As expected of a manga of this genre, Saint Young Men pokes a small jab at its protagonists, putting Christianity and Buddhism in a humorous light. The manga even goes so far as to “reveal” that the fabled Baptism in the Jordan River was not a proof of Jesus’ divinity more than a show of John the Baptist’s great compassion, and that the white dove that descended from the heavens was the Father Himself, inquiring about the welfare of His slightly aquaphobic Son.

Jesus’ addiction to blogging was also explained as a manifestation of his desire for an audience; whether or not this translates to craving attention depends on the readers. I myself know that this isn’t always the case.

One of the bigger questions about this manga is whether or not Nakamura’s Jesus was too out of character. Is He, really? Jesus of the Bible was capable of playing truant as a kid to show His wits (or youthful presumptuousness?) off to them pesky old men; He certainly was cheeky enough to make His unbelieving disciple to touch his wounds just to show that he was that same person who died on the cross. 

He was also human enough to wreak havoc on the merchants in His Father’s temple – but this manga series does not emphasize His righteous anger (an error which will be righted in this particular sidestory).

One of the more obvious reasons why this obscure title shines is its irreverent handling of subject matter, yet never straying far from what could be the entire point of this manga series: Jesus (and Buddha, depending on your beliefs) was once human, just like us. Does it follow, then, that mere humans can transcend humanity and become divine?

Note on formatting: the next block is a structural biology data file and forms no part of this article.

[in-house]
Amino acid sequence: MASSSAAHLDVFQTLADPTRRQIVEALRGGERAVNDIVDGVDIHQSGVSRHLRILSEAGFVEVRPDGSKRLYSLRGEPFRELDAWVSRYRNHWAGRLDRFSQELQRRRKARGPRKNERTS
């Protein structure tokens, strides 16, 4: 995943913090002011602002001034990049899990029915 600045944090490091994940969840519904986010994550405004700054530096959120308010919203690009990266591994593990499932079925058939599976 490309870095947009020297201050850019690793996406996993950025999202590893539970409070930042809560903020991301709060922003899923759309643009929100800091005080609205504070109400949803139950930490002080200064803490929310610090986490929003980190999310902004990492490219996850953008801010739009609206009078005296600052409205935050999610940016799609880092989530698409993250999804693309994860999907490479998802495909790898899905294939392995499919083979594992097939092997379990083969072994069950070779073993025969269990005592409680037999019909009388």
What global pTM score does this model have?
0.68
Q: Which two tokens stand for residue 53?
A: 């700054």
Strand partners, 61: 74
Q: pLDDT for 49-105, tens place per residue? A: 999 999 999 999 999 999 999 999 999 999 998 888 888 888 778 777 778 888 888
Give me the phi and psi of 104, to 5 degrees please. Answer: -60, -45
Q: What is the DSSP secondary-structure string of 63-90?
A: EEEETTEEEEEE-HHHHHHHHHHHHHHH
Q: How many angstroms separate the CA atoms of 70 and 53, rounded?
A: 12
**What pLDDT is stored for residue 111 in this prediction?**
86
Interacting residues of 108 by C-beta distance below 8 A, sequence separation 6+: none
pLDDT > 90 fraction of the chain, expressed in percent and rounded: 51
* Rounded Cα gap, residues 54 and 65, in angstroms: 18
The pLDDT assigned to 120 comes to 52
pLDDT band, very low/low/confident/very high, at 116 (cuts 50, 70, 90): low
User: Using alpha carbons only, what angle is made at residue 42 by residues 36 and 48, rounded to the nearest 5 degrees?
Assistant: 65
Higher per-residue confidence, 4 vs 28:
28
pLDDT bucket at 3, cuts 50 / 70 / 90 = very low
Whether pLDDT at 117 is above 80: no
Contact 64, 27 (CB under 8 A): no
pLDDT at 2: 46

Another point being, of course, that people of varying beliefs can hang out with each other and become roomies. It’ll be wonderful if that other religious figure (hint: turbans) made an appearance, but we all know what would probably ensue. Denmark knows .

Of course, this seems to be lost in the more orthodox lot of believers and those too narrow-minded to appreciate the message behind the satirical comedy that is practically on the same level as Cromartie High and Sayonara Zetsubou Sensei (thanks to its tasteful placement of cameos like that one God of the New World).

While the manga has reportedly been received warmly by the Christian and Catholic populations in Japan, the manga a good ice breaker between people of Christianity and Buddhism – and by extension, Shintoism – it’s obvious how people from the more fundamental Christian countries will take this gem: all fire and brimstone. And it’s sad, really.

For those who missed the scanlation link: Saint Young Men



Jesus Christ, it’s about time.
May 15, 2009, 8:35 am
Filed under: fangirl, gaems, lolwut, rage


Anime First Impressions: Ristorante Paradiso
April 28, 2009, 2:53 am
Filed under: anime review, anime-related, fangirl, first impressions, review
Before I proceed, let it be known that I never liked harem anime of any sort, be it the conventional harem or a reverse one. There are two exceptions though: Kyou Kara Maoh and this one, Ristorante Paradiso.